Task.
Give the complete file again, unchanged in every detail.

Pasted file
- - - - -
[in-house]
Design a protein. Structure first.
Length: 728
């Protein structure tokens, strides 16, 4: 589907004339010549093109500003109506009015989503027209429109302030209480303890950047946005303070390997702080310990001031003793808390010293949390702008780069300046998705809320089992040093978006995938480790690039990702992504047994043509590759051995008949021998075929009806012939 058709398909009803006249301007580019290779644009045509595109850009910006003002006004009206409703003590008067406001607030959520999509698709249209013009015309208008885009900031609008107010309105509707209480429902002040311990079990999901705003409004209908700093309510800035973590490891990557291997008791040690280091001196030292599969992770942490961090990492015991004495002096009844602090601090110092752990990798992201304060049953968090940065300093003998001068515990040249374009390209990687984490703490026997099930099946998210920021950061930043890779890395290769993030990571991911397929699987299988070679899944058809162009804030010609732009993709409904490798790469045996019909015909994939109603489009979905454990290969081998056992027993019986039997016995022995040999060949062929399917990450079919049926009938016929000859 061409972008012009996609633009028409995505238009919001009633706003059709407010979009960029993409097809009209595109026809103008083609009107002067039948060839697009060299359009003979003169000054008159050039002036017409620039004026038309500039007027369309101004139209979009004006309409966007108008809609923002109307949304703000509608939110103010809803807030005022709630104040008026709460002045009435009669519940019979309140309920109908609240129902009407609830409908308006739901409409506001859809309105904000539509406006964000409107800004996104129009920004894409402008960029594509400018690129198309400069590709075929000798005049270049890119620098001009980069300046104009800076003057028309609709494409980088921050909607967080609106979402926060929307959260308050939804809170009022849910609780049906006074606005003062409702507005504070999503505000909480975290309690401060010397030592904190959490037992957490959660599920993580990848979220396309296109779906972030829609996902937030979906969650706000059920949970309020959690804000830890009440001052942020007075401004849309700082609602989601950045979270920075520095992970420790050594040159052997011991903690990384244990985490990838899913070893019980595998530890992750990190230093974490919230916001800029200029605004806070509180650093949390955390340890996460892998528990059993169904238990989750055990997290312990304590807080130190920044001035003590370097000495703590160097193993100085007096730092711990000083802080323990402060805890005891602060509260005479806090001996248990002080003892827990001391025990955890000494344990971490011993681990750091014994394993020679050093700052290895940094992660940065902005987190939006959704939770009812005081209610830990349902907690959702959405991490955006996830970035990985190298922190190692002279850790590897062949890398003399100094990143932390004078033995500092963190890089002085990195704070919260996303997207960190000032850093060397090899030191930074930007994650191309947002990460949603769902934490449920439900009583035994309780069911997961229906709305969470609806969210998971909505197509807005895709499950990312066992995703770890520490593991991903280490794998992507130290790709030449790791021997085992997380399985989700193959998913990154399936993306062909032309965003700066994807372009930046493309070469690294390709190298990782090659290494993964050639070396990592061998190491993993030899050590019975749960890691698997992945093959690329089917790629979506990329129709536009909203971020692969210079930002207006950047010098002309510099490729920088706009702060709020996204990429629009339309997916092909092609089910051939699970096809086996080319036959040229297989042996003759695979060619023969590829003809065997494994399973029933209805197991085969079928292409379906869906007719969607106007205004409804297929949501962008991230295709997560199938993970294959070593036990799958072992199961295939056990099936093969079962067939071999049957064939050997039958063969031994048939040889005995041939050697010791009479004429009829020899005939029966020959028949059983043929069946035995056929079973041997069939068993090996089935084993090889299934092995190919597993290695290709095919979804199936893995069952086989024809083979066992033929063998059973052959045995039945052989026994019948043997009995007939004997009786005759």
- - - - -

[in-house]
Design a protein. Structure first.
Length: 728
């Protein structure tokens, strides 16, 4: 589907004339010549093109500003109506009015989503027209429109302030209480303890950047946005303070390997702080310990001031003793808390010293949390702008780069300046998705809320089992040093978006995938480790690039990702992504047994043509590759051995008949021998075929009806012939 058709398909009803006249301007580019290779644009045509595109850009910006003002006004009206409703003590008067406001607030959520999509698709249209013009015309208008885009900031609008107010309105509707209480429902002040311990079990999901705003409004209908700093309510800035973590490891990557291997008791040690280091001196030292599969992770942490961090990492015991004495002096009844602090601090110092752990990798992201304060049953968090940065300093003998001068515990040249374009390209990687984490703490026997099930099946998210920021950061930043890779890395290769993030990571991911397929699987299988070679899944058809162009804030010609732009993709409904490798790469045996019909015909994939109603489009979905454990290969081998056992027993019986039997016995022995040999060949062929399917990450079919049926009938016929000859 061409972008012009996609633009028409995505238009919001009633706003059709407010979009960029993409097809009209595109026809103008083609009107002067039948060839697009060299359009003979003169000054008159050039002036017409620039004026038309500039007027369309101004139209979009004006309409966007108008809609923002109307949304703000509608939110103010809803807030005022709630104040008026709460002045009435009669519940019979309140309920109908609240129902009407609830409908308006739901409409506001859809309105904000539509406006964000409107800004996104129009920004894409402008960029594509400018690129198309400069590709075929000798005049270049890119620098001009980069300046104009800076003057028309609709494409980088921050909607967080609106979402926060929307959260308050939804809170009022849910609780049906006074606005003062409702507005504070999503505000909480975290309690401060010397030592904190959490037992957490959660599920993580990848979220396309296109779906972030829609996902937030979906969650706000059920949970309020959690804000830890009440001052942020007075401004849309700082609602989601950045979270920075520095992970420790050594040159052997011991903690990384244990985490990838899913070893019980595998530890992750990190230093974490919230916001800029200029605004806070509180650093949390955390340890996460892998528990059993169904238990989750055990997290312990304590807080130190920044001035003590370097000495703590160097193993100085007096730092711990000083802080323990402060805890005891602060509260005479806090001996248990002080003892827990001391025990955890000494344990971490011993681990750091014994394993020679050093700052290895940094992660940065902005987190939006959704939770009812005081209610830990349902907690959702959405991490955006996830970035990985190298922190190692002279850790590897062949890398003399100094990143932390004078033995500092963190890089002085990195704070919260996303997207960190000032850093060397090899030191930074930007994650191309947002990460949603769902934490449920439900009583035994309780069911997961229906709305969470609806969210998971909505197509807005895709499950990312066992995703770890520490593991991903280490794998992507130290790709030449790791021997085992997380399985989700193959998913990154399936993306062909032309965003700066994807372009930046493309070469690294390709190298990782090659290494993964050639070396990592061998190491993993030899050590019975749960890691698997992945093959690329089917790629979506990329129709536009909203971020692969210079930002207006950047010098002309510099490729920088706009702060709020996204990429629009339309997916092909092609089910051939699970096809086996080319036959040229297989042996003759695979060619023969590829003809065997494994399973029933209805197991085969079928292409379906869906007719969607106007205004409804297929949501962008991230295709997560199938993970294959070593036990799958072992199961295939056990099936093969079962067939071999049957064939050997039958063969031994048939040889005995041939050697010791009479004429009829020899005939029966020959028949059983043929069946035995056929079973041997069939068993090996089935084993090889299934092995190919597993290695290709095919979804199936893995069952086989024809083979066992033929063998059973052959045995039945052989026994019948043997009995007939004997009786005759």